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I took time off of work to test medications and get better. It was a dark time, and I thought that I was not passionate about urbanism anymore. During this time, I conducted my own Happiness Project without even knowing it! The authors of books and hosts of podcasts became my best friends. I wanted to figure out what I loved again, even if that had to be in silence. This lead to curiosity, experiments, and exploration with my husband Varun and my dog Mylo. I began to realize that the joy and happiness I experienced in walkable urban places are the moments that helped pull me out of my mental health issues. I wanted to further understand and help others see the physical attributes of our environments that enable us to form strong, emotional attachments to the places we love.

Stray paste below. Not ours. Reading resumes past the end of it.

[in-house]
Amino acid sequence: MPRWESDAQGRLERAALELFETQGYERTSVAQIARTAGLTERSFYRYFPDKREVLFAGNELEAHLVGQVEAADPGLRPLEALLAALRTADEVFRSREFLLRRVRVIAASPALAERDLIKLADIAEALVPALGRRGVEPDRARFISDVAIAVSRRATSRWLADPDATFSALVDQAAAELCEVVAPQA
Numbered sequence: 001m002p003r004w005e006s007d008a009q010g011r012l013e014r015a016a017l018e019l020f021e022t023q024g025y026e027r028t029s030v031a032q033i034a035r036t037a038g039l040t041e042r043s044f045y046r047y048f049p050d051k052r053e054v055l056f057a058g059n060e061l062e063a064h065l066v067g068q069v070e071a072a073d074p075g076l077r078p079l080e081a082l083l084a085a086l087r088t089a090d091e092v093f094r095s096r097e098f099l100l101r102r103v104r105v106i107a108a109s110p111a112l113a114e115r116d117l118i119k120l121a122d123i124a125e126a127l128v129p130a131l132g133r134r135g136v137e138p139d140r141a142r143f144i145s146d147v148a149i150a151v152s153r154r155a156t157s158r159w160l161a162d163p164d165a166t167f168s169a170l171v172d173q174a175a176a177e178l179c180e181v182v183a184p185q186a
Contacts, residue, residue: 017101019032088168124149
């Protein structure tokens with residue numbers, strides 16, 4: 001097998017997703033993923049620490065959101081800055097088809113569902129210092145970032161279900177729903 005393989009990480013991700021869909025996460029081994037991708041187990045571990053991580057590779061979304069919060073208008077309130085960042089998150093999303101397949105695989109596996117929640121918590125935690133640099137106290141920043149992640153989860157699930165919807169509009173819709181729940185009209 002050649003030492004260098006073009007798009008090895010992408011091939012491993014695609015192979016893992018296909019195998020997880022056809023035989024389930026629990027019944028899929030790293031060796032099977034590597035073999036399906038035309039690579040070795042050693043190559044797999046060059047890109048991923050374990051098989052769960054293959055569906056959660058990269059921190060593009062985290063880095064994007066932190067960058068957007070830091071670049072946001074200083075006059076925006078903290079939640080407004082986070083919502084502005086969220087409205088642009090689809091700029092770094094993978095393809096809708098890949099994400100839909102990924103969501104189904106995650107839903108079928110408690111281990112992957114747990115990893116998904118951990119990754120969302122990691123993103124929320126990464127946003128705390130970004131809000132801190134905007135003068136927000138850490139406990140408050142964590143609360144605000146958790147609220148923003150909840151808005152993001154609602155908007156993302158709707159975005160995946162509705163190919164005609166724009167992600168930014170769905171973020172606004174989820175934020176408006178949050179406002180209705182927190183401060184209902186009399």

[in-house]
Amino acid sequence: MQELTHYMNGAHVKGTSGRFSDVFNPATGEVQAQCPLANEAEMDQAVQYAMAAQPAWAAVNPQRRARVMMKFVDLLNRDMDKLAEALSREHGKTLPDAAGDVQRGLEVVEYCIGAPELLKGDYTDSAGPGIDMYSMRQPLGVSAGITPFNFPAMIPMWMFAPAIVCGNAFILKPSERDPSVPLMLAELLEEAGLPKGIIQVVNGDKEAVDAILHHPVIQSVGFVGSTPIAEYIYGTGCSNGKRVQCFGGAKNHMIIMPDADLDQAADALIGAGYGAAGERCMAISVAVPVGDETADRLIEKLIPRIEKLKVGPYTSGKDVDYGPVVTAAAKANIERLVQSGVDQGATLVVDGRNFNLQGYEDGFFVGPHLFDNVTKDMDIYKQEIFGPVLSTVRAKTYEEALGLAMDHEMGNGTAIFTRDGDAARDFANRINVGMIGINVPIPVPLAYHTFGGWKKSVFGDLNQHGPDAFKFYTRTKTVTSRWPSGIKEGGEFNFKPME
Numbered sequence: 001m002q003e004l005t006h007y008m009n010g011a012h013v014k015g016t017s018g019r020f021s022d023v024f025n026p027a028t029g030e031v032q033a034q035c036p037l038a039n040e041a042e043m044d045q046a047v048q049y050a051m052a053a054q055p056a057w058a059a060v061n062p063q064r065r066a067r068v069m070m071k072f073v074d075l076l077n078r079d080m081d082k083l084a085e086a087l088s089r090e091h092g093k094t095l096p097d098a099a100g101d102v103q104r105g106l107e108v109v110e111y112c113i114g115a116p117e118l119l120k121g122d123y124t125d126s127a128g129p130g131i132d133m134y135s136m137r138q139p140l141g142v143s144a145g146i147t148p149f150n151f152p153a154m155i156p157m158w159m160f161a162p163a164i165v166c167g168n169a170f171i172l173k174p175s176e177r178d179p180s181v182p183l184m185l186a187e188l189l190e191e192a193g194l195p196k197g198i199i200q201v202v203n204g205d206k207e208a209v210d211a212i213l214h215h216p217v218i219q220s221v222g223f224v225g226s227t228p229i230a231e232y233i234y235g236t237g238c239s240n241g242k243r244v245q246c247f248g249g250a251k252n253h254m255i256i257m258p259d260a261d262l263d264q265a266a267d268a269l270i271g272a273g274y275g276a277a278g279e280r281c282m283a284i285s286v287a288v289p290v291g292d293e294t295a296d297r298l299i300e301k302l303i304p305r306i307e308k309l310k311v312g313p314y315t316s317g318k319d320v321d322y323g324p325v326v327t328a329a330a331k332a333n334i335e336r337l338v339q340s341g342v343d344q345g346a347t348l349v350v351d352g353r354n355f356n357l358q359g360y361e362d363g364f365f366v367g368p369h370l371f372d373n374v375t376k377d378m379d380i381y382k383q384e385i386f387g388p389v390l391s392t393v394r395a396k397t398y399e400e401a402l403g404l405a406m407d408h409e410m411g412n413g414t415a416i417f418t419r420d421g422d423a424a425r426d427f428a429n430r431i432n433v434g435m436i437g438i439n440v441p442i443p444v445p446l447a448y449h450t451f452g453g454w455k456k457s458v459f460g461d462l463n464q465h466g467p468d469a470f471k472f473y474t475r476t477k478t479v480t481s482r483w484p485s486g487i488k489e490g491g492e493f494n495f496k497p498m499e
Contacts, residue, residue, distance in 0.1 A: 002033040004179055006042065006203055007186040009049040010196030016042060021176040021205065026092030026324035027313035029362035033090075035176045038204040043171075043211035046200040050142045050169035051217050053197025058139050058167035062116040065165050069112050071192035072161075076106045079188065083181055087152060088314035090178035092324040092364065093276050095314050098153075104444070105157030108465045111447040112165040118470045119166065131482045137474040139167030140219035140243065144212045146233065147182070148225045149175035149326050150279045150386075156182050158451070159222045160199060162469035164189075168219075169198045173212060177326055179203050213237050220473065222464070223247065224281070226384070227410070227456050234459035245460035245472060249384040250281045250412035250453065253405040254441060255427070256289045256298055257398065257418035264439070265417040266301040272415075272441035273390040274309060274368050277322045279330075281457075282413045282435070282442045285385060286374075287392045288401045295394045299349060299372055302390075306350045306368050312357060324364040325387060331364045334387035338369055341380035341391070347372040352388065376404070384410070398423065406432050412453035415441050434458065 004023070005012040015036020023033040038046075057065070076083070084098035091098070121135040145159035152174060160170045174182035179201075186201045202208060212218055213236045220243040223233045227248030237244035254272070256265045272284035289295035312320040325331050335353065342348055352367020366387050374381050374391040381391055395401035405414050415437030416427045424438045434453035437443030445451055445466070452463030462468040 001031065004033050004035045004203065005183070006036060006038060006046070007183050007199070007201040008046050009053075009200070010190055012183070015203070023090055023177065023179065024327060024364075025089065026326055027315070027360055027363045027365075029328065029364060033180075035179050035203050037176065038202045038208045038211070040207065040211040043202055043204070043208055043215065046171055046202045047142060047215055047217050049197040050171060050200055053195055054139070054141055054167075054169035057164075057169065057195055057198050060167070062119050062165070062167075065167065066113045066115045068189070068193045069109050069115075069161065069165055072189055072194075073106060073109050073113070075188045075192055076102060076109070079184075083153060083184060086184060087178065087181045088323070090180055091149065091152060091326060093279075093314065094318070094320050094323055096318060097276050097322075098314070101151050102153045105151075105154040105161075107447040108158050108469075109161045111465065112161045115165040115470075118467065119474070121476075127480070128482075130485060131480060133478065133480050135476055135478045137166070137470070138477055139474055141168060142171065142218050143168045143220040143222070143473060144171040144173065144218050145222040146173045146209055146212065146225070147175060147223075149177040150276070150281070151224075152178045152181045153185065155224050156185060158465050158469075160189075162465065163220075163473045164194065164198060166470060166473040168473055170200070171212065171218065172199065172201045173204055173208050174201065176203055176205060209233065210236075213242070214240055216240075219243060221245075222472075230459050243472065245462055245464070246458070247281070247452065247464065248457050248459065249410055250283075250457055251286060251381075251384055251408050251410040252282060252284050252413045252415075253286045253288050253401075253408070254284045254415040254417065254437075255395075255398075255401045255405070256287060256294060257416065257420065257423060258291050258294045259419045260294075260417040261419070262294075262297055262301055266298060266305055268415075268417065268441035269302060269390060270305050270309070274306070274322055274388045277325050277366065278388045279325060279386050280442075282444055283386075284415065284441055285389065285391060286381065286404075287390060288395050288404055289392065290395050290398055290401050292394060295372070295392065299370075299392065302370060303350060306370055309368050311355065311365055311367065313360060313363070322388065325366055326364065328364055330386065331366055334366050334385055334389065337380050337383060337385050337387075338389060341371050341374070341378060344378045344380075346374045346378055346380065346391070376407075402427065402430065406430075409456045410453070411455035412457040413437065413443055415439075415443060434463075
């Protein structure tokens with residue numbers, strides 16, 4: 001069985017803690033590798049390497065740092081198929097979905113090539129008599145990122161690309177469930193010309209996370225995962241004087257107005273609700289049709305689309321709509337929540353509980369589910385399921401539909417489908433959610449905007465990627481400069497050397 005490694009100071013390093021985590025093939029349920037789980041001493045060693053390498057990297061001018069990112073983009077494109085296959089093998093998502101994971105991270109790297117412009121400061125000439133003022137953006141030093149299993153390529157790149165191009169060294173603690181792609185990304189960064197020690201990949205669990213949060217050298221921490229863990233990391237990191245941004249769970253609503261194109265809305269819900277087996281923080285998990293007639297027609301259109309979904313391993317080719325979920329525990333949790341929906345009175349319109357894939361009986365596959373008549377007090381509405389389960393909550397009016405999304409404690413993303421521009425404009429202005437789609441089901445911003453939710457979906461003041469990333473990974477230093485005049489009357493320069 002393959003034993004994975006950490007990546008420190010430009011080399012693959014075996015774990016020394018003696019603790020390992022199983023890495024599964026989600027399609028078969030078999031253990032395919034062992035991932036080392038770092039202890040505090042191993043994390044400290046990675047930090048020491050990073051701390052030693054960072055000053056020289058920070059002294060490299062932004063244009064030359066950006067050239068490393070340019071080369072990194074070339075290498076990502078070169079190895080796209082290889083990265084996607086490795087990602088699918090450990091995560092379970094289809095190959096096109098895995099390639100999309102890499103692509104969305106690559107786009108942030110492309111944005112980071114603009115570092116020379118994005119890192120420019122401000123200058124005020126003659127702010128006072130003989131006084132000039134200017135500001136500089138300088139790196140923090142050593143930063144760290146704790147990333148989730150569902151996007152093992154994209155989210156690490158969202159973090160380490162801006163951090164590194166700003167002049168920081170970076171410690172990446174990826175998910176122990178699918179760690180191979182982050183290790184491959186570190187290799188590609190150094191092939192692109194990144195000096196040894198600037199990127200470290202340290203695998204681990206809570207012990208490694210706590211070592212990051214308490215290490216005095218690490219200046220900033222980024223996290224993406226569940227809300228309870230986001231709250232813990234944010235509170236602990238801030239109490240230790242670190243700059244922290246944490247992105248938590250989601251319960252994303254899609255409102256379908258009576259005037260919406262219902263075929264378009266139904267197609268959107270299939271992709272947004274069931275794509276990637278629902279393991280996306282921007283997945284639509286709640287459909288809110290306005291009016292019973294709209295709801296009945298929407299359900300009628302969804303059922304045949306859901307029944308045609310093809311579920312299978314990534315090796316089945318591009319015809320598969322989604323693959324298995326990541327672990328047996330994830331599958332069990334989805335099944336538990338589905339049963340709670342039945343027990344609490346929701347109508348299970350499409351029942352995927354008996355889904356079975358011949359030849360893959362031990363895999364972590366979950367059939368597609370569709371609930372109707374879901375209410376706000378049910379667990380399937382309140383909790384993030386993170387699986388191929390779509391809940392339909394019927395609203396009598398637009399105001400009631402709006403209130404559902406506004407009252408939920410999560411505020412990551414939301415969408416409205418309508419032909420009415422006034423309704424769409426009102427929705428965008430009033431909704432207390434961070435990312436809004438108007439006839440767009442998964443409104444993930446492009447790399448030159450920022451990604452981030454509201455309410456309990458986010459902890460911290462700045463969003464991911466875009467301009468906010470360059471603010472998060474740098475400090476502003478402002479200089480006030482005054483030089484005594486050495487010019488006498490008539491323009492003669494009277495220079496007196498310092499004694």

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It was a time to reflect upon myself which led to wonderful self-discovery. I discovered that I love ice cream, city architecture, urbanism, travel, exploration,community, high intensity interval training (HIIT), yoga, other creatives, experimentation, food, wine, local farms, community gardens, urban farming and the cross-pollination of ideas.Besides Varun and Mylo, I drew motivation from reading, interacting with people and listening to what others in similar situations had to go through or how they overcame their mental issues. I was inspired by Ingrid Fetell Lee’s TED2018 Where Joy Hides and How to Find It which led me to launch Joyful Urbanist.